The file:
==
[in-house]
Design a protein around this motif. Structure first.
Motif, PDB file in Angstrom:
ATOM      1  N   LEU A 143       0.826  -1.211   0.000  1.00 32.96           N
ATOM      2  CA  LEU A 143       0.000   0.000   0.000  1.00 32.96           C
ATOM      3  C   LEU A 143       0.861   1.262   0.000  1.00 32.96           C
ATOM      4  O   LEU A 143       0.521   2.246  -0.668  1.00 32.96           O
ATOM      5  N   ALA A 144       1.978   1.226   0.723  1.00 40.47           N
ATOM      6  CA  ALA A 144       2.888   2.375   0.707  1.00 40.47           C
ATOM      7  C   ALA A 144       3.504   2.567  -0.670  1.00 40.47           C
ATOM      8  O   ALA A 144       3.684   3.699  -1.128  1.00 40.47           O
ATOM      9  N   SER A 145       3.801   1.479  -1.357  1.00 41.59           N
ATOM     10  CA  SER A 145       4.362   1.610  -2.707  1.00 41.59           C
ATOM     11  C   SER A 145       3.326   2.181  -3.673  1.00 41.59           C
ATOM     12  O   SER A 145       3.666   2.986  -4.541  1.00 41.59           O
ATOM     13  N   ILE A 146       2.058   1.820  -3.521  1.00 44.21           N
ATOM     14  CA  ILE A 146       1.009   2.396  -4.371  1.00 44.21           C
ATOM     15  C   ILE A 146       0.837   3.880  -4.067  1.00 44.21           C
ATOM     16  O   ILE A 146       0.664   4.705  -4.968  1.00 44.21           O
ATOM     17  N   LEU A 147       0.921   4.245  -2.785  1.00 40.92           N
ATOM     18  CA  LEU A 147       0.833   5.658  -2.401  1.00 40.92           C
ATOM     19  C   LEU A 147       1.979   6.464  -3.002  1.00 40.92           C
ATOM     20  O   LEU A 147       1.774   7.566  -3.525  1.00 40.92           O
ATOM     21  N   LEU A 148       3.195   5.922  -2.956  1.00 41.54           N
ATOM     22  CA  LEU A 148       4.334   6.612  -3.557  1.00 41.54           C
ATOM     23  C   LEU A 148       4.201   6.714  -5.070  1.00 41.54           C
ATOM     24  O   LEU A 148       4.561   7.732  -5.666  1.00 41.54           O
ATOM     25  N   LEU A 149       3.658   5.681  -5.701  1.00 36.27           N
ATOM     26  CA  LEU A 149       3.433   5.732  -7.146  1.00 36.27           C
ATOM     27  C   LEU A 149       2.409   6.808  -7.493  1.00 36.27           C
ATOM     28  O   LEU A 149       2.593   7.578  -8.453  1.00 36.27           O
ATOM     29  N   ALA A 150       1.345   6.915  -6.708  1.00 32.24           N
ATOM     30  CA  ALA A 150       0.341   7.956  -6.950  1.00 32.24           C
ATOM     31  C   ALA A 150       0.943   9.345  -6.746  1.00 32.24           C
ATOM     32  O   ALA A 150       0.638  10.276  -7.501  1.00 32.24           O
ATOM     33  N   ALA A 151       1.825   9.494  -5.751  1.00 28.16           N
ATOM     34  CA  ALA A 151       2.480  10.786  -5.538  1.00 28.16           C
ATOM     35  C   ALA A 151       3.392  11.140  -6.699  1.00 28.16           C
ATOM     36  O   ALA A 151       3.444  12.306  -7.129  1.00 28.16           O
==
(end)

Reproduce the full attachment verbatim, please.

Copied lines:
[in-house]
Design a protein around this motif. Structure first.
Motif, PDB file in Angstrom:
ATOM      1  N   LEU A 143       0.826  -1.211   0.000  1.00 32.96           N
ATOM      2  CA  LEU A 143       0.000   0.000   0.000  1.00 32.96           C
ATOM      3  C   LEU A 143       0.861   1.262   0.000  1.00 32.96           C
ATOM      4  O   LEU A 143       0.521   2.246  -0.668  1.00 32.96           O
ATOM      5  N   ALA A 144       1.978   1.226   0.723  1.00 40.47           N
ATOM      6  CA  ALA A 144       2.888   2.375   0.707  1.00 40.47           C
ATOM      7  C   ALA A 144       3.504   2.567  -0.670  1.00 40.47           C
ATOM      8  O   ALA A 144       3.684   3.699  -1.128  1.00 40.47           O
ATOM      9  N   SER A 145       3.801   1.479  -1.357  1.00 41.59           N
ATOM     10  CA  SER A 145       4.362   1.610  -2.707  1.00 41.59           C
ATOM     11  C   SER A 145       3.326   2.181  -3.673  1.00 41.59           C
ATOM     12  O   SER A 145       3.666   2.986  -4.541  1.00 41.59           O
ATOM     13  N   ILE A 146       2.058   1.820  -3.521  1.00 44.21           N
ATOM     14  CA  ILE A 146       1.009   2.396  -4.371  1.00 44.21           C
ATOM     15  C   ILE A 146       0.837   3.880  -4.067  1.00 44.21           C
ATOM     16  O   ILE A 146       0.664   4.705  -4.968  1.00 44.21           O
ATOM     17  N   LEU A 147       0.921   4.245  -2.785  1.00 40.92           N
ATOM     18  CA  LEU A 147       0.833   5.658  -2.401  1.00 40.92           C
ATOM     19  C   LEU A 147       1.979   6.464  -3.002  1.00 40.92           C
ATOM     20  O   LEU A 147       1.774   7.566  -3.525  1.00 40.92           O
ATOM     21  N   LEU A 148       3.195   5.922  -2.956  1.00 41.54           N
ATOM     22  CA  LEU A 148       4.334   6.612  -3.557  1.00 41.54           C
ATOM     23  C   LEU A 148       4.201   6.714  -5.070  1.00 41.54           C
ATOM     24  O   LEU A 148       4.561   7.732  -5.666  1.00 41.54           O
ATOM     25  N   LEU A 149       3.658   5.681  -5.701  1.00 36.27           N
ATOM     26  CA  LEU A 149       3.433   5.732  -7.146  1.00 36.27           C
ATOM     27  C   LEU A 149       2.409   6.808  -7.493  1.00 36.27           C
ATOM     28  O   LEU A 149       2.593   7.578  -8.453  1.00 36.27           O
ATOM     29  N   ALA A 150       1.345   6.915  -6.708  1.00 32.24           N
ATOM     30  CA  ALA A 150       0.341   7.956  -6.950  1.00 32.24           C
ATOM     31  C   ALA A 150       0.943   9.345  -6.746  1.00 32.24           C
ATOM     32  O   ALA A 150       0.638  10.276  -7.501  1.00 32.24           O
ATOM     33  N   ALA A 151       1.825   9.494  -5.751  1.00 28.16           N
ATOM     34  CA  ALA A 151       2.480  10.786  -5.538  1.00 28.16           C
ATOM     35  C   ALA A 151       3.392  11.140  -6.699  1.00 28.16           C
ATOM     36  O   ALA A 151       3.444  12.306  -7.129  1.00 28.16           O